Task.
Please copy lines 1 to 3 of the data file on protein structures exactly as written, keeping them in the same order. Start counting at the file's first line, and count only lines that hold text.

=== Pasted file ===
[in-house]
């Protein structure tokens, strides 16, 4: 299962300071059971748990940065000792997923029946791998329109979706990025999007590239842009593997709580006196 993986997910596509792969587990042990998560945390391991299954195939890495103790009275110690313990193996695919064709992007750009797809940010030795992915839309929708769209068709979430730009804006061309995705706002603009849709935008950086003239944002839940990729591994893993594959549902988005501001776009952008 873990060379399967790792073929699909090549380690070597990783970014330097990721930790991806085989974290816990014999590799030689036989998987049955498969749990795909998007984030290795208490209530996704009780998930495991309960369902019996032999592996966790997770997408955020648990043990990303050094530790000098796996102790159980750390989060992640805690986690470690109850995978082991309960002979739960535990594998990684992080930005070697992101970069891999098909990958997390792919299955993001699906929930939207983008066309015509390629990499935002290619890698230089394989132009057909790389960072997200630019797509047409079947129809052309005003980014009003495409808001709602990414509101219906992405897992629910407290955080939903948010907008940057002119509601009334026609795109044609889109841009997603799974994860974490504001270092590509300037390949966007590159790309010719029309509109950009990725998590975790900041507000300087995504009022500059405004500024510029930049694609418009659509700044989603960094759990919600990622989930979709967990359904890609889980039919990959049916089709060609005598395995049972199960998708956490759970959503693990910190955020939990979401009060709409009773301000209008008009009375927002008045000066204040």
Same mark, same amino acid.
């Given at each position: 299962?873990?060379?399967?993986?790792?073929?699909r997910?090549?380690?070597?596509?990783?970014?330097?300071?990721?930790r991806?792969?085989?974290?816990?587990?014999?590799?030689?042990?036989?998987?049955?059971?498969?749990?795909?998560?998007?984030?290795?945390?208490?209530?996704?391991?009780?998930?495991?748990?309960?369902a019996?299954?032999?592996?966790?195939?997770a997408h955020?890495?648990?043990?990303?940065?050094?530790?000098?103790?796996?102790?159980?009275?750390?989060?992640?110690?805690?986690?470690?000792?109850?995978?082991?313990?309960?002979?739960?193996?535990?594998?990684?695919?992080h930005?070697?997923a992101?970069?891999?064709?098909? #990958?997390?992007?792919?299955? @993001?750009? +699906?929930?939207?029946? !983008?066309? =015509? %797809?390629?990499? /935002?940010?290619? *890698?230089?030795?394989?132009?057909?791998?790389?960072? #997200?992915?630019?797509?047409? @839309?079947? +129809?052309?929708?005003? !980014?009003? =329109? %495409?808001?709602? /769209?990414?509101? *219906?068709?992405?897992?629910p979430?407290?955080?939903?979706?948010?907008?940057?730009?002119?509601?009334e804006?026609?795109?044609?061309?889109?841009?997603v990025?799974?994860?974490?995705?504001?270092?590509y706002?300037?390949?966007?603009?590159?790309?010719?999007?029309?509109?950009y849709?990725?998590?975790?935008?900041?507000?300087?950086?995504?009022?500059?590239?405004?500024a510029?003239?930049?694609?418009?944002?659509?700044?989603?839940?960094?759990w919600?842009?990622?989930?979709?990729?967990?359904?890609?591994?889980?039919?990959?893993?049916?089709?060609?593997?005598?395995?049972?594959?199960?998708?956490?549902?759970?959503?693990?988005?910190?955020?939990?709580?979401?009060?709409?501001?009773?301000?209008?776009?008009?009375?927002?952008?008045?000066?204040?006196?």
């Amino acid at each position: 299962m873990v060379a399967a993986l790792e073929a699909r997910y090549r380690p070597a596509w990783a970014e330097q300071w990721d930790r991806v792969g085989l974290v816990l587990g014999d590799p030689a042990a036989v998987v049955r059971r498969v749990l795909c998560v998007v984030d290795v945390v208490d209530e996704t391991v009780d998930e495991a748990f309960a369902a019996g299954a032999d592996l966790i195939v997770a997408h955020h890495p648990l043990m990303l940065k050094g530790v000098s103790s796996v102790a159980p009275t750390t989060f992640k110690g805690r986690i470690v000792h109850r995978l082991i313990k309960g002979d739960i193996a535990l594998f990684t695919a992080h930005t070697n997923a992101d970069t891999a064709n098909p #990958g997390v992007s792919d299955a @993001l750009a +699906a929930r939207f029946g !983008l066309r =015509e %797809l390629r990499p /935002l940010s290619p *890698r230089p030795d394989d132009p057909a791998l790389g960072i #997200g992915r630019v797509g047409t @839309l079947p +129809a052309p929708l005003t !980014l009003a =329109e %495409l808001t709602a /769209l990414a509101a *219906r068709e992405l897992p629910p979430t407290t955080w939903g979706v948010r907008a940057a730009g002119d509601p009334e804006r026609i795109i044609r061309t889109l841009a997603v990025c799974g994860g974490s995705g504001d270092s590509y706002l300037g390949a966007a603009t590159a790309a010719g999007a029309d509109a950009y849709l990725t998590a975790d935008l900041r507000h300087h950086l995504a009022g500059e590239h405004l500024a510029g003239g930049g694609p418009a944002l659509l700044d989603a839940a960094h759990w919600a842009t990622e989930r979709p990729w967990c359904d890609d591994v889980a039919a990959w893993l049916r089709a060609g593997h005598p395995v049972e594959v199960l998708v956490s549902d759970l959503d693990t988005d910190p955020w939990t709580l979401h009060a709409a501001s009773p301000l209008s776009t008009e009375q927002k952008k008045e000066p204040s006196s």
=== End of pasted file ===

[in-house]
């Protein structure tokens, strides 16, 4: 299962300071059971748990940065000792997923029946791998329109979706990025999007590239842009593997709580006196 993986997910596509792969587990042990998560945390391991299954195939890495103790009275110690313990193996695919064709992007750009797809940010030795992915839309929708769209068709979430730009804006061309995705706002603009849709935008950086003239944002839940990729591994893993594959549902988005501001776009952008 873990060379399967790792073929699909090549380690070597990783970014330097990721930790991806085989974290816990014999590799030689036989998987049955498969749990795909998007984030290795208490209530996704009780998930495991309960369902019996032999592996966790997770997408955020648990043990990303050094530790000098796996102790159980750390989060992640805690986690470690109850995978082991309960002979739960535990594998990684992080930005070697992101970069891999098909990958997390792919299955993001699906929930939207983008066309015509390629990499935002290619890698230089394989132009057909790389960072997200630019797509047409079947129809052309005003980014009003495409808001709602990414509101219906992405897992629910407290955080939903948010907008940057002119509601009334026609795109044609889109841009997603799974994860974490504001270092590509300037390949966007590159790309010719029309509109950009990725998590975790900041507000300087995504009022500059405004500024510029930049694609418009659509700044989603960094759990919600990622989930979709967990359904890609889980039919990959049916089709060609005598395995049972199960998708956490759970959503693990910190955020939990979401009060709409009773301000209008008009009375927002008045000066204040």
Same mark, same amino acid.